Dartmouth is about to begin a series of public meetings designed to give community members an opportunity to discuss and contribute to the initiatives President Phil Hanlon ’77 announced during fall term. The first meeting is set for February 3.
The series, called “Moving Dartmouth Forward,” will feature a discussion about a different topic every other week. The Office of the President is sponsoring the series, which is open to all students, faculty, and staff.
“These dialogues will help engage the community around core ideas to move Dartmouth into the future,” says Hanlon. “I look forward to hearing what students, faculty, and staff think about where we’re going and how we’ll get there.”
The meetings are designed to foster community discussion and advance implementation of initiatives to ensure that Dartmouth remains the world’s finest undergraduate teaching institution while deepening the impact of its scholarship nationally and internationally. The events will provide an opportunity to share important information about the status of current institutional initiatives and address questions about Dartmouth’s future in the rapidly changing higher education landscape.
The topic at the first meeting, on February 3, is the D-Plan—the College’s year-round academic calendar of quarterly terms. Hanlon has called for a review of the D-Plan to help the College ensure that it provides the best academic and social experience for undergraduates.
This first event, featuring professors Bruce Sacerdote and Christiane Donahue as presenters, will be held twice on the same day to allow for broad participation across campus. Sacerdote, the Richard S. Braddock 1963 Professor in Economics, is currently chairing a faculty D-Plan Enrollment Study Group. Donahue, an associate professor of linguistics and director of the Institute for Writing and Rhetoric, is a member of the committee.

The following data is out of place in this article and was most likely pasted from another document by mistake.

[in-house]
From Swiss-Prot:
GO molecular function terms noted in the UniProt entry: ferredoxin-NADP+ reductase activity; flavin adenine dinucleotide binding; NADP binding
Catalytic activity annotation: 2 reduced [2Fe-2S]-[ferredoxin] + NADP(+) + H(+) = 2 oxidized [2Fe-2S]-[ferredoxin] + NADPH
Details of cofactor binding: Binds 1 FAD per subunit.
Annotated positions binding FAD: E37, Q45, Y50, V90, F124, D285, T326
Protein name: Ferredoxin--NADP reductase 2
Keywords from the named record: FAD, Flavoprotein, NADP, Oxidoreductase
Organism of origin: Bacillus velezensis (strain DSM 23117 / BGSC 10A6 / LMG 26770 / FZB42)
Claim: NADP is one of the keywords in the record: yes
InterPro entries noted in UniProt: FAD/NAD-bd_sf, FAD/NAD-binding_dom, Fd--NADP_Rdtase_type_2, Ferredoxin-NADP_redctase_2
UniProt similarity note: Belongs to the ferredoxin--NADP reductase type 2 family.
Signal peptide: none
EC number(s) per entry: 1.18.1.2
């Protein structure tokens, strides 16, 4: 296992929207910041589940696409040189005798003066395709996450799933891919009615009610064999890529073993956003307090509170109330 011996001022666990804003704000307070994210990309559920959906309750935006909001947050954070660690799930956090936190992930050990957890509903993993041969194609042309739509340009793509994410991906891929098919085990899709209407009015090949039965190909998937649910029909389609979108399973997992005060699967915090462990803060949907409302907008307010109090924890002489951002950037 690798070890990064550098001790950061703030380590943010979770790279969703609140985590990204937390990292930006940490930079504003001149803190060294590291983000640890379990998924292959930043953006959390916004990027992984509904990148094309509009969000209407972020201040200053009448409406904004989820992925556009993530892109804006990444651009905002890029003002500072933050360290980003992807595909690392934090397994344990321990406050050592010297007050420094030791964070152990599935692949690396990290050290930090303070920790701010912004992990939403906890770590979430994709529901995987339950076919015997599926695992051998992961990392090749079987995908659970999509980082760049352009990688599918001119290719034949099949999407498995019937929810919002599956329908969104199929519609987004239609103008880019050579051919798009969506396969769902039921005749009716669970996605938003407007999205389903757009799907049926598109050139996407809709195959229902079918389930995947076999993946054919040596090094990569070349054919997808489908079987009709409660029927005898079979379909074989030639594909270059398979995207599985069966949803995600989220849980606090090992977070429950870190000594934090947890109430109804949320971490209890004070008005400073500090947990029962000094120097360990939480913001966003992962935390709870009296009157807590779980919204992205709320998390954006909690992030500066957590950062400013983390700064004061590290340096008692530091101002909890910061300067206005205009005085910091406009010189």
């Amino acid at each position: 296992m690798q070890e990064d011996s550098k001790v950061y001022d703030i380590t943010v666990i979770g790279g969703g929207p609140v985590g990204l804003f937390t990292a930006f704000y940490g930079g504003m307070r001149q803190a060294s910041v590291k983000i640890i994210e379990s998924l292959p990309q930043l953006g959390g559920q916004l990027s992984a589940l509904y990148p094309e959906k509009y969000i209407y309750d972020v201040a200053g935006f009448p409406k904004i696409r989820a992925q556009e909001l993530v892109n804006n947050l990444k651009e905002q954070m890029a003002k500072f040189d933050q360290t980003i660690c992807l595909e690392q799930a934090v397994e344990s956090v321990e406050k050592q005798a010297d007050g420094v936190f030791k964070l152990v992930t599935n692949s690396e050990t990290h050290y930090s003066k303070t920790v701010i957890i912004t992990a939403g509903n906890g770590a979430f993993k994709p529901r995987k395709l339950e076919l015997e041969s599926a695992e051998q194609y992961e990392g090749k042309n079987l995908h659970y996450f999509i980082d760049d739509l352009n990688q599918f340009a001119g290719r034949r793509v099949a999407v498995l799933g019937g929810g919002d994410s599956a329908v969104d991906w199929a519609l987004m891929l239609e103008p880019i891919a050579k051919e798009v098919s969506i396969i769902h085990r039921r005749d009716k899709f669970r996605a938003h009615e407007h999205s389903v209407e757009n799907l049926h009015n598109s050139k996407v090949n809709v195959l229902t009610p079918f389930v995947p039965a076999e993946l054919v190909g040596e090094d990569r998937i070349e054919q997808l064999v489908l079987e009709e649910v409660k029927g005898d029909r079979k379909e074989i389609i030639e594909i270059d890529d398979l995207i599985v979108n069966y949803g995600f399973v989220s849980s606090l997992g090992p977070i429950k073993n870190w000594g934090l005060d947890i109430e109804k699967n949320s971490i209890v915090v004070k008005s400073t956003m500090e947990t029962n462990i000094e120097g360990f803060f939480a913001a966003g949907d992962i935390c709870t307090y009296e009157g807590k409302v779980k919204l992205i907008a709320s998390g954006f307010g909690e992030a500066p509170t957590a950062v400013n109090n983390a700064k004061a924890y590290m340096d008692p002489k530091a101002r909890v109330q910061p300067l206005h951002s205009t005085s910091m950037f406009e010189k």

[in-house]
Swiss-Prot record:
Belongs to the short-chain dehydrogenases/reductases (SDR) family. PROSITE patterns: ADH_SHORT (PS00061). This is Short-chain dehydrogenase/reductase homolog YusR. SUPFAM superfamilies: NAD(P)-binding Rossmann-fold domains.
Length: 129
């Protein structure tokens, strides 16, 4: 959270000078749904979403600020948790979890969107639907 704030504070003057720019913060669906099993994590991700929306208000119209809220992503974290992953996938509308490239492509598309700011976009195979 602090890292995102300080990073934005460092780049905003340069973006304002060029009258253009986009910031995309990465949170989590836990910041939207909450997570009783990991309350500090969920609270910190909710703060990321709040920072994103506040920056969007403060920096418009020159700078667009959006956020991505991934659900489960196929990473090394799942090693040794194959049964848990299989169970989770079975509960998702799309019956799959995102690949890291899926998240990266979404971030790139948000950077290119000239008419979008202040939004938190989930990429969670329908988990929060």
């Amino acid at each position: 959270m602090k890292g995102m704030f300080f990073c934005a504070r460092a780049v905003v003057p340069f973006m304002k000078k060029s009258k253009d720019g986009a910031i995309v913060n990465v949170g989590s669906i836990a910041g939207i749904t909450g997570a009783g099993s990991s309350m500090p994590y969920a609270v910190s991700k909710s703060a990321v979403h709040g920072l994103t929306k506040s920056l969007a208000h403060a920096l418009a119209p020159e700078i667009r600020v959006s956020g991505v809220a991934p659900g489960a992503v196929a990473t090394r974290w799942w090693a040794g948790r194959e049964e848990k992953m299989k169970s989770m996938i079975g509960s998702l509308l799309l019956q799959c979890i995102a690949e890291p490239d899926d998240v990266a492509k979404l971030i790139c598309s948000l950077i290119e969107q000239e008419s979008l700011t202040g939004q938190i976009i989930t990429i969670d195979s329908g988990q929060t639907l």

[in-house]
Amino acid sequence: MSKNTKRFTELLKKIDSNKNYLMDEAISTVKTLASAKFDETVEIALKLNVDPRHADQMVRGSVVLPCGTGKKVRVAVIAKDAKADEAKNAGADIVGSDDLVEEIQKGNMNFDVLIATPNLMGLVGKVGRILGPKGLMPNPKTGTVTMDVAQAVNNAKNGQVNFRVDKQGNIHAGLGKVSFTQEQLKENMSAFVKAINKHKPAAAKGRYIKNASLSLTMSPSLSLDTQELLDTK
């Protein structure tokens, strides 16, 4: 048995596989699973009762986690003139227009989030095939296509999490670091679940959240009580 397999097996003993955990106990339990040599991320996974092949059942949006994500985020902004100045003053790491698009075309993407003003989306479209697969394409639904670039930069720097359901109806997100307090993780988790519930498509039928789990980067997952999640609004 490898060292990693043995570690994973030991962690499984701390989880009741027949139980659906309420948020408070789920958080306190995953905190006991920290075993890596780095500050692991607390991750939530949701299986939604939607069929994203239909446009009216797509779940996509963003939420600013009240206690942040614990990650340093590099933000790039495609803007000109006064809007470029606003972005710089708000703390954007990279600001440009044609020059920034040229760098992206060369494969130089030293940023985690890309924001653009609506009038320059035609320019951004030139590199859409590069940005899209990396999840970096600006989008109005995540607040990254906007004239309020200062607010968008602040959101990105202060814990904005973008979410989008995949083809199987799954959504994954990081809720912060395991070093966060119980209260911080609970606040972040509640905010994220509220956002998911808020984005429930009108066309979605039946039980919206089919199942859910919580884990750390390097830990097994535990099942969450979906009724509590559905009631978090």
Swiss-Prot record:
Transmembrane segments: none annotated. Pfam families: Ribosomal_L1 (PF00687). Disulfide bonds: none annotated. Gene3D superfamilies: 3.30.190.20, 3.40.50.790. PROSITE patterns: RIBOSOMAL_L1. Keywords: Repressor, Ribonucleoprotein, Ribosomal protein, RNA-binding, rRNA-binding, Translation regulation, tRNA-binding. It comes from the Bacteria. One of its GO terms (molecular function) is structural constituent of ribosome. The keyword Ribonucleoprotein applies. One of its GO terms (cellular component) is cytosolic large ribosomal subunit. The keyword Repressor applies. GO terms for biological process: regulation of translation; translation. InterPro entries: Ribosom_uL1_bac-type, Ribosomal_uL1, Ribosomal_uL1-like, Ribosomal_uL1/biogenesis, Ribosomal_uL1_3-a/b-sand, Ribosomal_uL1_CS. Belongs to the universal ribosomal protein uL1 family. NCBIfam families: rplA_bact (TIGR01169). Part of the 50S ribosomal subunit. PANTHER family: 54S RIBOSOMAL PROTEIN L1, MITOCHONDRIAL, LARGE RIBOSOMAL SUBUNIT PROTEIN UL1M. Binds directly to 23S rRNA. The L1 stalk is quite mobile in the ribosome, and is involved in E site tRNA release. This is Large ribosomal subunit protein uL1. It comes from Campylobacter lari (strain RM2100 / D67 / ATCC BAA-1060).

The D-Plan discussion, like all the meetings in the series, will take place from noon to 1 p.m., and again from 6:30 to 7:30 p.m. A location for the meetings will be announced soon.
The College will broadly share information about the sessions on a number of news platforms. Also, Alumni Relations will explore with alumni around the country how to extend these conversations to the broader Dartmouth community.
Each dialogue will have one or more presenters who will provide a brief overview to set the stage for the community conversation. Presenters will discuss why these subjects matter to Dartmouth’s future, what relevant initiatives are in the works or being considered, and how they can be effectively implemented.
The second meeting in the series, on February 17, will feature Inge-Lise Ameer, senior associate dean of the College, and Michael Wooten, director of residential education, leading a discussion on enhancing Dartmouth’s housing options.
On March 3, Josh Kim, the newly appointed director of digital learning initiatives, will talk about the creative use of new learning technologies.
Other topics will include campus climate and safety; the job market and Dartmouth’s new Center for Professional Development; curriculum changes; and experiential learning. Dates for these sessions will be announced soon.
Hanlon last fall identified review of the D-Plan as an important topic. The way students customize their academic calendars and decide which terms they will be on campus affects larger questions of undergraduate enrollment equalization and the right to return to residence halls. It also impacts opportunities to offer programming during the summer and winter terms, when the College traditionally has fewer students on campus.
“We’re excited about having the entire community take part in these discussions about realizing the future opportunities that President Hanlon’s vision seeks to deliver,” says Tommy Bruce, senior vice president for public affairs. “The dialogues are a chance to more consistently engage the community in frank and open discussions.”
To share information about the Moving Forward series and other College news, Dartmouth is enhancing its internal communications platforms, says Bruce. The Office of Public Affairs will soon launch upgrades to Dartmouth Daily Updates (D2U) to better leverage the daily email digest in delivering important news about Dartmouth to the campus community. Plans are being developed to replace the current D2U system, which runs on outdated technology, with a new system that supports modern design and functionality.